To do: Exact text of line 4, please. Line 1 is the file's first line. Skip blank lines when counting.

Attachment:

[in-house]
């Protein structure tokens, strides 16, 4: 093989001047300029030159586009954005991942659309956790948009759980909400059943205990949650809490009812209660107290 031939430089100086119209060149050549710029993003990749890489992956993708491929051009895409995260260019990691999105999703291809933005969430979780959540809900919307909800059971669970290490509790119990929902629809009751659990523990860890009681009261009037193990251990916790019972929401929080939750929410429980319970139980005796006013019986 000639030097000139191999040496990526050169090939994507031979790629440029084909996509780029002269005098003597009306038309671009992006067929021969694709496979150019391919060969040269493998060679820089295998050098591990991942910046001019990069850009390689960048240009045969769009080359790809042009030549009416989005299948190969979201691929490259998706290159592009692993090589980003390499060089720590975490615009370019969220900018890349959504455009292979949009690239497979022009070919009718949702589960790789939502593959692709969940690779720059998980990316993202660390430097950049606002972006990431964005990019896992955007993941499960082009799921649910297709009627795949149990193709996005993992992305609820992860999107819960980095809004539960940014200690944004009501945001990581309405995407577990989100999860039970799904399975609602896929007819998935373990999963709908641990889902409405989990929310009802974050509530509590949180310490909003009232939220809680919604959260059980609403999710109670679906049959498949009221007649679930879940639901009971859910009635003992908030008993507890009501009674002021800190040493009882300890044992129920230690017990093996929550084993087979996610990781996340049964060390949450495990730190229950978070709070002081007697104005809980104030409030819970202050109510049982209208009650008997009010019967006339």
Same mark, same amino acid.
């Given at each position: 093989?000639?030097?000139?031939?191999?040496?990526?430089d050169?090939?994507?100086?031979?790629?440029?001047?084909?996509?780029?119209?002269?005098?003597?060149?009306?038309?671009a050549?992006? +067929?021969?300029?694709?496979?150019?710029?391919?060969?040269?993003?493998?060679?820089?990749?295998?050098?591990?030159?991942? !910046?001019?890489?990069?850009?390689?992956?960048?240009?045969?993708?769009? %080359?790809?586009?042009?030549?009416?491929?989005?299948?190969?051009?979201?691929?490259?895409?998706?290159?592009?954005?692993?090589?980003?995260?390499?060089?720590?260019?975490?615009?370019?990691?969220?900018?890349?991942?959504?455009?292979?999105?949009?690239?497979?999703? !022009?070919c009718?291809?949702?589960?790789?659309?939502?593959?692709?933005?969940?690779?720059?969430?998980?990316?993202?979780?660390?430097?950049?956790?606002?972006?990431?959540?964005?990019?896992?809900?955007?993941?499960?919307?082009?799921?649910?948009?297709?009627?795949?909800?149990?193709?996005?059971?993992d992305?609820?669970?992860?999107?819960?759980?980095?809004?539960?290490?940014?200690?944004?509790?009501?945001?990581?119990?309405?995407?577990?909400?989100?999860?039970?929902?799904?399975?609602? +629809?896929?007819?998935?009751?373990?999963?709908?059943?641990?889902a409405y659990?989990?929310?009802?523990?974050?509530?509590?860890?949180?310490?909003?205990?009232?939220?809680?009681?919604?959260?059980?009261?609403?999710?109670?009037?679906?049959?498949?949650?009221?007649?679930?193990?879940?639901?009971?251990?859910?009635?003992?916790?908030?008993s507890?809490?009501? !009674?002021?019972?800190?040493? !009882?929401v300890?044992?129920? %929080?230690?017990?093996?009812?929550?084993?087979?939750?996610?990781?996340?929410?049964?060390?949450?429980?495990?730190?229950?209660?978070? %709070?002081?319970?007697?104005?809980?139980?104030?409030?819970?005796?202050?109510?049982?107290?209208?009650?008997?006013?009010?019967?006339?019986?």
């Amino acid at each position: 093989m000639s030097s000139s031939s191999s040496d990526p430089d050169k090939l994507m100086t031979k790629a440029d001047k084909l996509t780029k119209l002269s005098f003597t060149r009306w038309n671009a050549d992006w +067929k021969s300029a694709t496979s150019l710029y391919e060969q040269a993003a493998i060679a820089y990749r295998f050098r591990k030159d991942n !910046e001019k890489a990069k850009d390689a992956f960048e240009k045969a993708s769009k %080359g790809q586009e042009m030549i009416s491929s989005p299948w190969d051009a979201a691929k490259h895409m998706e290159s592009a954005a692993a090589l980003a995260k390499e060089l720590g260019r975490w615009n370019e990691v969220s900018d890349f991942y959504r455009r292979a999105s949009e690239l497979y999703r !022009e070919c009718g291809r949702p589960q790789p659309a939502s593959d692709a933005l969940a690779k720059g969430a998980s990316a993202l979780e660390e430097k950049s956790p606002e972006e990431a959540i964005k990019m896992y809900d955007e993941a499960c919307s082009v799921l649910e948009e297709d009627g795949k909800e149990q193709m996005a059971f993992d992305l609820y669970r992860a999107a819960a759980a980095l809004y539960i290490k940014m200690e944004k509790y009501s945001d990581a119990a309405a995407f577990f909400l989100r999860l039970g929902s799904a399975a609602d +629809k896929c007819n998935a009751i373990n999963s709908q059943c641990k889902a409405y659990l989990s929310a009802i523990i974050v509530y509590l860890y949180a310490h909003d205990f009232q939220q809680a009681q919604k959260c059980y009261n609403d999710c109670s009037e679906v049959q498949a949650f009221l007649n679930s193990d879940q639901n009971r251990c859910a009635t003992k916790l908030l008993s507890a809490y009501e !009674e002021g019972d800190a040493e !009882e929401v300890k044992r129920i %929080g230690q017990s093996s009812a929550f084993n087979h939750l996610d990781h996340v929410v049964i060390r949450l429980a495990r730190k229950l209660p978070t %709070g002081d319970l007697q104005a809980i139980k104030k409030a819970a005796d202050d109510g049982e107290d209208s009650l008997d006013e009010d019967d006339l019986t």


């Given at each position: 093989?000639?030097?000139?031939?191999?040496?990526?430089d050169?090939?994507?100086?031979?790629?440029?001047?084909?996509?780029?119209?002269?005098?003597?060149?009306?038309?671009a050549?992006? +067929?021969?300029?694709?496979?150019?710029?391919?060969?040269?993003?493998?060679?820089?990749?295998?050098?591990?030159?991942? !910046?001019?890489?990069?850009?390689?992956?960048?240009?045969?993708?769009? %080359?790809?586009?042009?030549?009416?491929?989005?299948?190969?051009?979201?691929?490259?895409?998706?290159?592009?954005?692993?090589?980003?995260?390499?060089?720590?260019?975490?615009?370019?990691?969220?900018?890349?991942?959504?455009?292979?999105?949009?690239?497979?999703? !022009?070919c009718?291809?949702?589960?790789?659309?939502?593959?692709?933005?969940?690779?720059?969430?998980?990316?993202?979780?660390?430097?950049?956790?606002?972006?990431?959540?964005?990019?896992?809900?955007?993941?499960?919307?082009?799921?649910?948009?297709?009627?795949?909800?149990?193709?996005?059971?993992d992305?609820?669970?992860?999107?819960?759980?980095?809004?539960?290490?940014?200690?944004?509790?009501?945001?990581?119990?309405?995407?577990?909400?989100?999860?039970?929902?799904?399975?609602? +629809?896929?007819?998935?009751?373990?999963?709908?059943?641990?889902a409405y659990?989990?929310?009802?523990?974050?509530?509590?860890?949180?310490?909003?205990?009232?939220?809680?009681?919604?959260?059980?009261?609403?999710?109670?009037?679906?049959?498949?949650?009221?007649?679930?193990?879940?639901?009971?251990?859910?009635?003992?916790?908030?008993s507890?809490?009501? !009674?002021?019972?800190?040493? !009882?929401v300890?044992?129920? %929080?230690?017990?093996?009812?929550?084993?087979?939750?996610?990781?996340?929410?049964?060390?949450?429980?495990?730190?229950?209660?978070? %709070?002081?319970?007697?104005?809980?139980?104030?409030?819970?005796?202050?109510?049982?107290?209208?009650?008997?006013?009010?019967?006339?019986?």